The first thing to remember at a recruitment fair is that you have a limited amount of time to talk to each representative at each participating university or college. If you take too long, you may not get to talk to everyone you want to.
Be clear about what you want and when you plan to begin your course. Perhaps begin with something like: “I am looking for an undergraduate course in Finance and plan to begin in Fall 2021, do you offer this course or something similar?”
Also, many institutions will want to know what school you are currently studying at, which curriculum you are learning (IB, American, British or Local) and may even ask what subjects you are studying. So if you are doing your A-Levels or the IB, you want to be sure you can quickly respond with that information.
Once you know they have a course you are interested in, you can ask questions on anything you want, to help you decide if this is the right place or course for you. Common examples include: What is the deadline to apply? What are the tuition fees? What is the accommodation like? and so on...
Below are questions divided into areas that students commonly ask. Do note that this list is not exhaustive and there may be others that you wish to ask as well.
Good luck and we hope you find the perfect international course for you!
- What countries do your students typically come from?
- Are there many other students there from (your country of origin)?
- Will I have a chance to meet with other students from my country?
- Can you tell me a bit about the town/city in which the institution is located?
- Can you tell me some of the best things about your university/course?
- Why is your course better than others?
- What are the entrance requirements?
- When can I start the course? January? August? September?
- Are there any language requirements?
- How much does the course / total programme cost?
- Are there any fees in addition to the course costs I need to pay?
- Can I pay my tuition fees in instalments? If no, are there other payment options?
- What is the deadline to apply?
- Is there a discount/advantage/reason I should apply early?
- Are you teaching classes in person now or is it all online?
- When do you expect to have classes that are not online?
- Can I start online and continue after?
- Can I work while I am studying or during vacation time? (undergraduate only)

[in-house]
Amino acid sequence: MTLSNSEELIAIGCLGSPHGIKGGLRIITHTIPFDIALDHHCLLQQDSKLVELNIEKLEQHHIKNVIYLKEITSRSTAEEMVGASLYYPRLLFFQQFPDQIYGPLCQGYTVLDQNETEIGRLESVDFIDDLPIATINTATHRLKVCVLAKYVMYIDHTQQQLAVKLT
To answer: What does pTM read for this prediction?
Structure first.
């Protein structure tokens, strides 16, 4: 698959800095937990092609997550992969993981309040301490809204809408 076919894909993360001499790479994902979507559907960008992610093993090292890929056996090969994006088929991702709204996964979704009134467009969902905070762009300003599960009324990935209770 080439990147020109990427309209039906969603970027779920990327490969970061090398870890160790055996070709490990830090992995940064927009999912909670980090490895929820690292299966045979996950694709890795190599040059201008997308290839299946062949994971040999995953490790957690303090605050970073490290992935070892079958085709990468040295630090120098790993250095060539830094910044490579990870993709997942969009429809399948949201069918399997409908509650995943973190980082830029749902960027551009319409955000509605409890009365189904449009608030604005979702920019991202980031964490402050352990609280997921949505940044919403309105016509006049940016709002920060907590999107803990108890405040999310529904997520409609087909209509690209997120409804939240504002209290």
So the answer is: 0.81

- How long before you decide whether I am accepted or not?
For Masters/MBA Students & Potential Job Prospects
- How does your Business or Management programme compare to others?
- What are the qualifications / background of your teachers/faculty?
- How does your university score in major rankings?
- Do you require that my Bachelor’s degree is in a related field of study?
- Do you require relevant work experience to be eligible for admission?
- What can I do to improve my chances of admission?
- Does your programme have any special/unique features?
- Can I study another foreign language during my studies?
- What is the agenda/workload/number of hours of class per week?
- How diverse is your student body?
- Will I have opportunities to connect with other students from my country?
- Are internships a part of this Master’s programme?
- Do you have real-world clients for class projects?
- What networking opportunities do you offer?
- What job placement / career services do you offer?
- What percentage of graduating students find jobs in their career field within 6 months?
- Does the college have links or ties with certain employers?
- Is there an advantage to submitting my application early?
- Is there on-campus accommodation?
- What is the monthly/annual cost?
- How many students are allocated per room – can I get my own?
- What are the available options if I decide not to stay on campus?
Many international institutions will ask if you have taken an English test, such as IELTS or TOEFL, or for a postgraduate or MBA course, the GRE or GMAT. If you have, always be ready to let them know when you took the test and your score. If you have not taken it, when do you plan to?
Many schools are now also offering to accept other tests or ways to prove your English so you can ask about other options they may have to prove your English level.
Importance of Speaking in English
Lastly, even though the person at the other end may speak your language or may even be from your country, always try to speak in English (or the language of the country you plan to go to) so you can prove your language level to them. If they start to speak in your language, you could even say, “I prefer to speak in English to prove my language level”. They will be impressed you are making that extra effort and it will show you are really motivated to study overseas.
We hope this guide will help you ask the right questions so that you make the right decision for you. Good luck!